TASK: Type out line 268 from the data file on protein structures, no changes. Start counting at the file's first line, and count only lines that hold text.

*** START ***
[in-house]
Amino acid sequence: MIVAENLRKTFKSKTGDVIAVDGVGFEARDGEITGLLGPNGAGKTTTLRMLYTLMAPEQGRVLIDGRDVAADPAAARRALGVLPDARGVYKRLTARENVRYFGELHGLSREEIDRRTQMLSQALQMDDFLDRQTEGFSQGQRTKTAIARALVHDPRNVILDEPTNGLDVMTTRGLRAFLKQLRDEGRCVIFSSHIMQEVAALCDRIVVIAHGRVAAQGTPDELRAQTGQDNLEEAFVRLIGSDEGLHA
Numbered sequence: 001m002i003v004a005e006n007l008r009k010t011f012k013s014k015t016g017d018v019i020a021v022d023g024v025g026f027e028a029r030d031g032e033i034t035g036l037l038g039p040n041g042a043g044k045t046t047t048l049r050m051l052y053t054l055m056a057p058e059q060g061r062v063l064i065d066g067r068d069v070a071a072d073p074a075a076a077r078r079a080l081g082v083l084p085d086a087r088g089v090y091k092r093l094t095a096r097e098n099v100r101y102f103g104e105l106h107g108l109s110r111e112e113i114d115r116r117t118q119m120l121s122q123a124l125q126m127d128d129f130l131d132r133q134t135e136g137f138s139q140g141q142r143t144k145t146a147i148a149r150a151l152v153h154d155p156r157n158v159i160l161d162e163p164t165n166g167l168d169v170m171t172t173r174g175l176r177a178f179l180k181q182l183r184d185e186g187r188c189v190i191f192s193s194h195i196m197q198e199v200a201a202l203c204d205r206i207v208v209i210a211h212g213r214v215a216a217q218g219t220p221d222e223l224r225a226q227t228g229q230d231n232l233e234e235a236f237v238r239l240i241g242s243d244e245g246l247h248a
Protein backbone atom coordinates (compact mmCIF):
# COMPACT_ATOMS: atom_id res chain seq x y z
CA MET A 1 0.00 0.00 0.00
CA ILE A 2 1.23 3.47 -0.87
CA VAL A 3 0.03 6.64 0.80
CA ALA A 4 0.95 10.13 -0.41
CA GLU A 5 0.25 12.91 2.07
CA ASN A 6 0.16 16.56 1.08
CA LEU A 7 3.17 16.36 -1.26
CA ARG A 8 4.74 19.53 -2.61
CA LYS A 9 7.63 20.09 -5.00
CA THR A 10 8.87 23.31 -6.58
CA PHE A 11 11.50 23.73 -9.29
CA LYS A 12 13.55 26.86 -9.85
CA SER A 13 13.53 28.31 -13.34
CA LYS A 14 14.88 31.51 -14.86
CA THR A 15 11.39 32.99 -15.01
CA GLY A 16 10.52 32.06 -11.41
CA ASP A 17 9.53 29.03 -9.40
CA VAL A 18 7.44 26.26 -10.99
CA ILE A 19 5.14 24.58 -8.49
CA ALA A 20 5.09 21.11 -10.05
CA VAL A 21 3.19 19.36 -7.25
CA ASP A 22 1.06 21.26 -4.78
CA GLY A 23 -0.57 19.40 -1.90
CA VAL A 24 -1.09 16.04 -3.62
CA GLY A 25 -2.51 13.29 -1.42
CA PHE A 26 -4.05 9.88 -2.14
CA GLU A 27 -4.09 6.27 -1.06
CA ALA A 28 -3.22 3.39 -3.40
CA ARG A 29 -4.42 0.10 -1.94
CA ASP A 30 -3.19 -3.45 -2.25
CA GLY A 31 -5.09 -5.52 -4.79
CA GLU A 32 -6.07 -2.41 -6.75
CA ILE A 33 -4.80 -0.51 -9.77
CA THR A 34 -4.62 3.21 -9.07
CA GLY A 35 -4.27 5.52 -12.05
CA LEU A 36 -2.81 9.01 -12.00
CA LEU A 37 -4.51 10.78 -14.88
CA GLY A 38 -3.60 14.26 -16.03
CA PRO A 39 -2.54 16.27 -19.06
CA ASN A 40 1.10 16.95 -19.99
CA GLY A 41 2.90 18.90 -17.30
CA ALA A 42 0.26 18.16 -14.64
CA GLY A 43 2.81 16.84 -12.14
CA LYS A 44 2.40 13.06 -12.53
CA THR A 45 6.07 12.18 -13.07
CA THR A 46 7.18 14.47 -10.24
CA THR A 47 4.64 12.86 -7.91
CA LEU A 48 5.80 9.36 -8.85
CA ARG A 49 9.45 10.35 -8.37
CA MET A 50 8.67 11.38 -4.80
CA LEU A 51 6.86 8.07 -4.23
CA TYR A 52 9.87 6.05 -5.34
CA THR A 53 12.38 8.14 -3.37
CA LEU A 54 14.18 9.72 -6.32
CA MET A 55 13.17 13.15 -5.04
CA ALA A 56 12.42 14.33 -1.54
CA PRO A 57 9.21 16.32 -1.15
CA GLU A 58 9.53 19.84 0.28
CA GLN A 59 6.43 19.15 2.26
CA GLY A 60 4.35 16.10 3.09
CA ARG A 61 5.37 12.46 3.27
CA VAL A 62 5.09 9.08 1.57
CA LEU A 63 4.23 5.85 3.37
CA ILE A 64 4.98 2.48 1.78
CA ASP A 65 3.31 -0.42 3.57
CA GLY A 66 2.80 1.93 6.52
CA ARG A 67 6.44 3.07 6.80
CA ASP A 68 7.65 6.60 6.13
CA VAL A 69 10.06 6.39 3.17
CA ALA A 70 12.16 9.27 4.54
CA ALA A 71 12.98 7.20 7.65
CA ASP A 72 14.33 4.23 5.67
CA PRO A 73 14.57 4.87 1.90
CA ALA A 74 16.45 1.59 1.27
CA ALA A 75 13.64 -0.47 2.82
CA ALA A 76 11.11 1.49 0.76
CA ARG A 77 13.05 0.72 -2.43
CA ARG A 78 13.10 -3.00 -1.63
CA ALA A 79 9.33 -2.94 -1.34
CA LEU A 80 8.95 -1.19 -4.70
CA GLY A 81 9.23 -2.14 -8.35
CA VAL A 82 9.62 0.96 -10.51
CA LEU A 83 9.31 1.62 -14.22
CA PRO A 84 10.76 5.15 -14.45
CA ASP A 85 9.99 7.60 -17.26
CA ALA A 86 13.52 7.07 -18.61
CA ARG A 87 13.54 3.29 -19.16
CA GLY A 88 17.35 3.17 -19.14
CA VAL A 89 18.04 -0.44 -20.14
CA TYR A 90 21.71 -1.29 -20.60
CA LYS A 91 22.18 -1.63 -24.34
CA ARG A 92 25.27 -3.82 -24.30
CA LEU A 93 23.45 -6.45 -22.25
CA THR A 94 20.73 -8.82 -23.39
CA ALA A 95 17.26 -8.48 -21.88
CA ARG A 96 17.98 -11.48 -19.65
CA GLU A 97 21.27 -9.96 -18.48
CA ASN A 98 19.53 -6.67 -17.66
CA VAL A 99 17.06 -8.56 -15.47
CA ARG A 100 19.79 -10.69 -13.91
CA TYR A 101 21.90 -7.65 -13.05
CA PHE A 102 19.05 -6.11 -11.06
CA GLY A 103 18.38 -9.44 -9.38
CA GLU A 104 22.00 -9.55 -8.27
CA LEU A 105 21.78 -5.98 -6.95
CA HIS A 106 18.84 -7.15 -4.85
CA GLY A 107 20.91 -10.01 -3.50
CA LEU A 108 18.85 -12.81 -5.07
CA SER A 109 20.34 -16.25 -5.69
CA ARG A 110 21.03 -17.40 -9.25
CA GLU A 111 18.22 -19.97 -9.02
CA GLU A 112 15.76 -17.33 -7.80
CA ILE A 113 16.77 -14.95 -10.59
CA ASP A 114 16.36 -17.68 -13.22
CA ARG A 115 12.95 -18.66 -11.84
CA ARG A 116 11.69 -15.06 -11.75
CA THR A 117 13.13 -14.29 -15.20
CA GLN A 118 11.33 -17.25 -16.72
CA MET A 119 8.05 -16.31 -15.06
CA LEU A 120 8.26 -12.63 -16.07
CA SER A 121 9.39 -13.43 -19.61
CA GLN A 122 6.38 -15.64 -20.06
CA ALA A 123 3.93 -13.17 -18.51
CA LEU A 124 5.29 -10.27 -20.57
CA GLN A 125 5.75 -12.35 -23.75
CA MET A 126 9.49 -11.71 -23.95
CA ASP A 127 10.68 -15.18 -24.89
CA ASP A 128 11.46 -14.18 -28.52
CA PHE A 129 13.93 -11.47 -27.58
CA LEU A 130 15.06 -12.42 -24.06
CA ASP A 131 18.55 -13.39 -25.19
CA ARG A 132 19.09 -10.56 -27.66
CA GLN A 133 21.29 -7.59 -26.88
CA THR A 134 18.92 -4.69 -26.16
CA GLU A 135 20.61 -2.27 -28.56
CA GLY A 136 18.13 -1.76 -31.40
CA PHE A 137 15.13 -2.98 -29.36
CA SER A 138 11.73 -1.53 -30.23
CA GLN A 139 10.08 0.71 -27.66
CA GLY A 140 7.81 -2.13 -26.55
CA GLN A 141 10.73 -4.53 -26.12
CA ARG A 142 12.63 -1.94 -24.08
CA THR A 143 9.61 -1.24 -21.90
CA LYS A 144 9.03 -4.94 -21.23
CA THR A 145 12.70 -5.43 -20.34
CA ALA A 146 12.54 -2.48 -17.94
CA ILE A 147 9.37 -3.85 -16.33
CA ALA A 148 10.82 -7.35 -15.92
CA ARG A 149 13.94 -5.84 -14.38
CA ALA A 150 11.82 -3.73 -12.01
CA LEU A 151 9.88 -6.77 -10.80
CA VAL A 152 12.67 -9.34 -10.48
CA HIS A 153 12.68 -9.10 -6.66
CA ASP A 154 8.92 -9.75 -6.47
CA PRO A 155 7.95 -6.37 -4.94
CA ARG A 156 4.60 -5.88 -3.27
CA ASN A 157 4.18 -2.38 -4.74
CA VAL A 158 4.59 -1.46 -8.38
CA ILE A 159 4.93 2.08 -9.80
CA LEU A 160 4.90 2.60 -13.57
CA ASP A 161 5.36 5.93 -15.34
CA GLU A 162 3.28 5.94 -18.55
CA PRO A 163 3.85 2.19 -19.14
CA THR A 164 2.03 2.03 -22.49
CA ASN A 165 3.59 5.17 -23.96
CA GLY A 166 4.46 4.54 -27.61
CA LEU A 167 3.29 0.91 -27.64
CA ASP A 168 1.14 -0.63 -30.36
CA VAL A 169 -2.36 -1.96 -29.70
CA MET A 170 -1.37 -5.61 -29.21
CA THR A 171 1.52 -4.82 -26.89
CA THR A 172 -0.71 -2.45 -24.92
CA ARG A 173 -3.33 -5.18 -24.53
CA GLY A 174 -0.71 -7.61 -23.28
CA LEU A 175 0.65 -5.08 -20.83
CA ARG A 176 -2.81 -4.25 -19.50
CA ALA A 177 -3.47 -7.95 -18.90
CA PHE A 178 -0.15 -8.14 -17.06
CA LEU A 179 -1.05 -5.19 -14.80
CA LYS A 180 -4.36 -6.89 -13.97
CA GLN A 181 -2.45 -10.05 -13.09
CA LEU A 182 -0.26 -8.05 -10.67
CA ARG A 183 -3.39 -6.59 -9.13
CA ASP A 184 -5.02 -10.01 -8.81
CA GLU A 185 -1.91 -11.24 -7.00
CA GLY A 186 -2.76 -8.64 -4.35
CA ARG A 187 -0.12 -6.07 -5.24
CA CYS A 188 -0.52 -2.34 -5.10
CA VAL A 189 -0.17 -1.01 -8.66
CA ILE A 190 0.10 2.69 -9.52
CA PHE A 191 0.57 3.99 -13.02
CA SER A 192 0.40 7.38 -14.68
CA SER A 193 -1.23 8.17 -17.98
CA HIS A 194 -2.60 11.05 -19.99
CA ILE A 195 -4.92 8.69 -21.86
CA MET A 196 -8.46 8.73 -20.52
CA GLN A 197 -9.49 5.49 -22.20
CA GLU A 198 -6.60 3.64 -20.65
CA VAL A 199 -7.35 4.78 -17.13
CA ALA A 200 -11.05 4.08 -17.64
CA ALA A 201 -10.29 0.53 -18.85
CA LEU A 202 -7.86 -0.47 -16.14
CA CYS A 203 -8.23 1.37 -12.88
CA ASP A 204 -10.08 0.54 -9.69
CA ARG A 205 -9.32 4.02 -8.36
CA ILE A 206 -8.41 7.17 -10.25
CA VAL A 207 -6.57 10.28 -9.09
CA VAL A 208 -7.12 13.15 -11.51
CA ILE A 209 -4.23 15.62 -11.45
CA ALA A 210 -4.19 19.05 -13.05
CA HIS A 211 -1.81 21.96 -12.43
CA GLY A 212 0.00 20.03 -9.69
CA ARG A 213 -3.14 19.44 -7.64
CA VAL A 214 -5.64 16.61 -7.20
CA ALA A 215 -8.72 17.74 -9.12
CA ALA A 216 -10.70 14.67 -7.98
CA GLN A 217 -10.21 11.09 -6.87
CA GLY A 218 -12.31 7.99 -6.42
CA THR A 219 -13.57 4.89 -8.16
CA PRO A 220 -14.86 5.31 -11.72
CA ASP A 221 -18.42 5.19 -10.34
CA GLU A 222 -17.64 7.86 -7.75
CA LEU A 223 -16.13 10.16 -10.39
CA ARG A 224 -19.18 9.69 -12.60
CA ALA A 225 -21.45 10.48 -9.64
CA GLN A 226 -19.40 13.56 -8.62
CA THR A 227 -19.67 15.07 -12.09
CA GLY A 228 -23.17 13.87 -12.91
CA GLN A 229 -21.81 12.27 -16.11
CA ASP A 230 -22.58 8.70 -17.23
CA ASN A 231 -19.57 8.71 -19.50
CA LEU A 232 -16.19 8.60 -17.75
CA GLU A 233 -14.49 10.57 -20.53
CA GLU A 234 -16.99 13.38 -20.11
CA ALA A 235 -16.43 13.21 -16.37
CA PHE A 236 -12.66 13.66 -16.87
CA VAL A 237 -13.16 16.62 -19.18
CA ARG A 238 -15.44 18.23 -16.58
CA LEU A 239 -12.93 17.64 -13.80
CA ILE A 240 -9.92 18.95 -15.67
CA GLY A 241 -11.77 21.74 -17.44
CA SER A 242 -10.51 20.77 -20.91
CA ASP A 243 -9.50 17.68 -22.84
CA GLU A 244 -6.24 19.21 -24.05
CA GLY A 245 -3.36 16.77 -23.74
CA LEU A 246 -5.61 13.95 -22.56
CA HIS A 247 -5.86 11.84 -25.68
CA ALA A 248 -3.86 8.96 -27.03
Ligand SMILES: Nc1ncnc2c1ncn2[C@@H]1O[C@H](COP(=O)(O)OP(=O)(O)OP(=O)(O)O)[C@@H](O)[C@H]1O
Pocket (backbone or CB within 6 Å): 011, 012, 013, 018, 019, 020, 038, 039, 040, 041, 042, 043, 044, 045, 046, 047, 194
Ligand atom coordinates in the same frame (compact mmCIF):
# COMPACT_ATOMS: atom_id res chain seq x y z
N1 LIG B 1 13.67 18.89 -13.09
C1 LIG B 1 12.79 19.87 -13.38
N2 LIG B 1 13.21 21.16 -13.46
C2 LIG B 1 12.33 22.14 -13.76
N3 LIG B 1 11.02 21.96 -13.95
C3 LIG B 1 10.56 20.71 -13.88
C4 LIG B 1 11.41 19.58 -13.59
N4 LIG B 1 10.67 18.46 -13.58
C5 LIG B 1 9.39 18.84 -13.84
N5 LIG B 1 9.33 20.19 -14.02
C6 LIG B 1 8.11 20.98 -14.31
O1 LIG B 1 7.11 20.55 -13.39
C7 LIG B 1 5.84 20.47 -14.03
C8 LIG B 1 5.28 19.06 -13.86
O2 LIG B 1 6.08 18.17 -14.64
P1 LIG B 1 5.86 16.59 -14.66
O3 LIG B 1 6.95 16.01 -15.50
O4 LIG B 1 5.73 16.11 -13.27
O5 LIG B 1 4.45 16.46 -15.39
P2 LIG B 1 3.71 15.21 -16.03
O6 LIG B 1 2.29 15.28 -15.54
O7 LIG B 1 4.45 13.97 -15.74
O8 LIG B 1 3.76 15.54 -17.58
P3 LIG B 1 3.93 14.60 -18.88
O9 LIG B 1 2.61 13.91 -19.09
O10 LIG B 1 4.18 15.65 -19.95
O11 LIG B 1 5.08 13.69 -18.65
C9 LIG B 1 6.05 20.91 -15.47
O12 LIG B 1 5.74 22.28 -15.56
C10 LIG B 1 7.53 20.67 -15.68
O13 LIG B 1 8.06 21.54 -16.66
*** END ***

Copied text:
C6 LIG B 1 8.11 20.98 -14.31